Exercises for Chapter 16: Theory

  1. Let S1={*0**11***0**} and S2={*****0*1****} be two schemata.
    1. Give the order and the defining length of S1 and S2.
    2. What is the probability for one-point crossover with crossover
      rate pc that crossover breaks S1, or S2? (i.e., the probability that the child created by the operator does not belong to the given schema.)
    3. What is the probability that mutation with mutation rate pm
      breaks S1, or S2?
    4. What is the probability that S1 or Ssurvives the application of both crossover and mutation?
    5. Is it correct to call one of these two schemata a
      “building block”? Explain why, or why not.
  2. Whilst optimising a three-bit problem, you notice that your
    population, of size 100, consists of 25 copies each of strings
    100 (with fitness 10), 111 (with fitness 20), 011 (with fitness
    15), and 010 (with fitness 15).

    1. What is the estimated fitness of schema 1\#\# ?
    2. Assuming fitness proportionate selection with no
      crossover or mutation, show one way by which you could
      calculate the estimated fitness of that schema in the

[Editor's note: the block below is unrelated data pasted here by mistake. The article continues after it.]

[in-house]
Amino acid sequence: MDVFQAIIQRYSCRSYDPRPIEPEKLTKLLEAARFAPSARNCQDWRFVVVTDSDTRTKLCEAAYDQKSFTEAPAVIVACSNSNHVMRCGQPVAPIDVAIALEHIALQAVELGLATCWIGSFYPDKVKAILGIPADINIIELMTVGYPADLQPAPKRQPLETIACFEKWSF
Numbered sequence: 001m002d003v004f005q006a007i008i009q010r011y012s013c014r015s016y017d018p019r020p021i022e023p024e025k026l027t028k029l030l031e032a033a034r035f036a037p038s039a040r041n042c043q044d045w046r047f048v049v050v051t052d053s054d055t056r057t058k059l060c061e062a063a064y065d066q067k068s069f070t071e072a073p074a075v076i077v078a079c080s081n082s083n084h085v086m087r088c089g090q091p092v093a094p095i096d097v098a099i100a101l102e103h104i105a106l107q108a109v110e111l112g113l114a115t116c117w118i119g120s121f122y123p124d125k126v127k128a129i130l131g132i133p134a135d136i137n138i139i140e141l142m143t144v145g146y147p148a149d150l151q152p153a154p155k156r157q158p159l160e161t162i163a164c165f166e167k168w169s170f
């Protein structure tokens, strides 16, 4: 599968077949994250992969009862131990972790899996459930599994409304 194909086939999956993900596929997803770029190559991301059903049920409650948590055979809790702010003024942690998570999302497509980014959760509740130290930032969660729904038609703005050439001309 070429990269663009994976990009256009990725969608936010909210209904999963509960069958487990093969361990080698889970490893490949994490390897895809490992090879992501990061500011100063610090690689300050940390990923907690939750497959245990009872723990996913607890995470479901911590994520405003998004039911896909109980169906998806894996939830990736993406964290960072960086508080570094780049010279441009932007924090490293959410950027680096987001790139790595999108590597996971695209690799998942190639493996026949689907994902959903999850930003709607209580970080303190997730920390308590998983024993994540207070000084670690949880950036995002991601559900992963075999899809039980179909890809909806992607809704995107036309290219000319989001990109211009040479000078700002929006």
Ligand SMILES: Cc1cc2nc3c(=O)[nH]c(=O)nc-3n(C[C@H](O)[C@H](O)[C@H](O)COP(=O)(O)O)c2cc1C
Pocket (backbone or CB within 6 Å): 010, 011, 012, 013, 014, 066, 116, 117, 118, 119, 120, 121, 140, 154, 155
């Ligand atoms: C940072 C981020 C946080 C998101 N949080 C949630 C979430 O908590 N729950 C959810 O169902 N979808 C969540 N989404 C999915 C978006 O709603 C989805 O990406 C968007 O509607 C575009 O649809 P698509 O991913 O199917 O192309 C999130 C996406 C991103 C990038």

next generation.
  3. In a simple two-dimensional model of protein structure
    prediction, a solution consists of a sequence of moves
    (north/east/west/south) on a square grid. The amino acid
    residues, which compose the protein, are then mapped onto this
    path, giving the structure of the folded protein. Good solutions
    typically exhibit a high degree of local structure. That is to
    say that they can be seen as the concatenation of secondary
    structure “motifs”. Explain how this domain knowledge may be
    used to guide the choice of recombination operators for this

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The on-line accompaniment to the book Introduction to Evolutionary Computing